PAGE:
California apples

No sooner did the blackberries at Jacobs Family Berry Farm cease than Denver Dan’s Apple Patch welcomed their first crop. Our trip to Cali’s Apple Hill at the joint of seasons yielded buckets full of young McIntosh,Gravenstein, Jonathan and Smoothie.

Young apples will continue to ripen after being picked, but on occasion I do enjoy an astringent mouthful of a slightly underripe apple whose sugars haven’t been fully developed yet. And the crunch of such an apple is just superb.  Those of you who have been following me know that I don’t like anything overly sweet, fruit included. In fact, a modicum of tartness is in order when it comes to apples and apple-derived desserts.

fresh blackberries

Jacobs family berry farm

“So what do I do with an overload of underripe apples and a family that insists on an apple dessert tonight?” I asked myself as I rummaged through the fruit, picking up every orb to smell it for ripeness.

Though vague, a sweet, fresh aroma was coming from a couple of McIntosh.

What would two small McIntosh do for a family of four?

I charged to the fridge and gawked over its contents. A bowl of Jack’s end-of-season blackberries looked back at me from a middle shelf. That same instant the berries’ fragrance – so fresh and dazzling – filled my nostrils.  I  voraciously shoved a handful in my mouth for an immediate burst of sweet juice that left behind a mix of silky skin and tannic seeds.

Man, these are delicious!

Berries get better and better as their season closes in.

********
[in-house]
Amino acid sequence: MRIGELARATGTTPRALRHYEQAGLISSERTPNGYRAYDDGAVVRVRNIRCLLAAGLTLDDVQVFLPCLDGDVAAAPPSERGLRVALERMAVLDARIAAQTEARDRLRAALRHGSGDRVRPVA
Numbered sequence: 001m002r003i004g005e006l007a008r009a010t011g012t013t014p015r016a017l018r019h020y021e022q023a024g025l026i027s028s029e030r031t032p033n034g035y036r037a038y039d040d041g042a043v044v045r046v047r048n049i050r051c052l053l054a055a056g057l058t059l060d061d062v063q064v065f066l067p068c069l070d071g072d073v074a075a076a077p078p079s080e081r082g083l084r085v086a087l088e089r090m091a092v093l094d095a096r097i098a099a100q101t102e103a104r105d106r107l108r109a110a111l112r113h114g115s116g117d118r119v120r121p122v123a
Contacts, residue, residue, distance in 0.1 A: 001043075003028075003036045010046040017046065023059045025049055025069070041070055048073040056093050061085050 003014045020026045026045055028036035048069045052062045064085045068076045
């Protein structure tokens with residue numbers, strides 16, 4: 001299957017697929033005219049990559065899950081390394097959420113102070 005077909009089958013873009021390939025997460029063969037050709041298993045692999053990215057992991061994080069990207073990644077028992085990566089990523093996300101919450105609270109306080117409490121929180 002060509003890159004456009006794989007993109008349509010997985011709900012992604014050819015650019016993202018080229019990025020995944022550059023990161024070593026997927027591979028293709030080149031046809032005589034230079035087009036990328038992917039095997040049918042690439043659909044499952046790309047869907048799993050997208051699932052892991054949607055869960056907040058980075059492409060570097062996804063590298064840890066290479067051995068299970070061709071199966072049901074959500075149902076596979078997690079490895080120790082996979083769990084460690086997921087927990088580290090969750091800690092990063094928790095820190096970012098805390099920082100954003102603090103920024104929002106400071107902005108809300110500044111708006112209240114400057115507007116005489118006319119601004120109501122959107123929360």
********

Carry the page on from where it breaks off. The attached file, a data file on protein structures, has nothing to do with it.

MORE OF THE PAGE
A mason jar chock-full of duck egg yolks sat hidden behind the berries. About 12 or so of them from the angel food cake I experimented with the day before yesterday.

Any left?

individual fruit trifles

I hunched over to rustle though a bunch of food storage containers on a lower shelf. Tucked all the way in the back was one that had a good size chunk of my double vanilla angel food cake.


Trifle was born, a simple trifle of angel food cake and Bavarian custard layered with sauteed apples and blackberries. A little heat and sugar softened up my stiff McIntosh and turned my blackberries into a fragrant syrup. The perfect combo of sweet and tart with a pinch of cinnamon and fresh thyme leaves.  A flavor that has the best of both seasons.

apple, blackberry, angel food cake and Bavarian custard trifles

Bavarian custard that I made for the trifles is a slight deviation from traditional Bavarian cream as we know it: a gelatinous dessert that is able to hold its shape under its weight once turned out of the mold. Way too gelatinous for me though! So I tinkered with the original to create something more runny while preserving its main characteristics of creaminess and lightness; hence I swapped the word cream for custard.

Bavarian cream

Apple, Blackberry, Angel Food Cake and Bavarian Custard Trifles

Another custard, right?  Yep. The way I look at it: Custards are the cream of the baking crop or like the French used to say in the old days “crème de la crème” (no pun intended). They are also a delicious way to use some of those leftover yolks.  No yolk tempering involved, I promise.

Not this time . . .



Recipes for Olga’s Original

Double Vanilla Angel Food Cake (GF) *


1. 1/3 cup (40 g) tapioca starch/flour

2. 1/4 cup (35 g) brown rice flour

3. 1/4 cup plus 1 tablespoon (40 g) white sorghum flour

4. 1/4 cup (35  g) cornstarch

5. 1 1/2 cups (300 g)  superfine vanilla sugar **, divided

6. 1 1/2 cups (375 ml) duck egg whites, at room temperature (10-13 duck eggs, separated, 5 yolks reserved for Bavarian Custard)

7. 2 teaspoons pure vanilla extract

8. 1 1/2 teaspoons cream of tartar

9. 1/2 teaspoon fine kosher sea salt


1. Place oven rack in its lowest position and preheat oven to 350° F.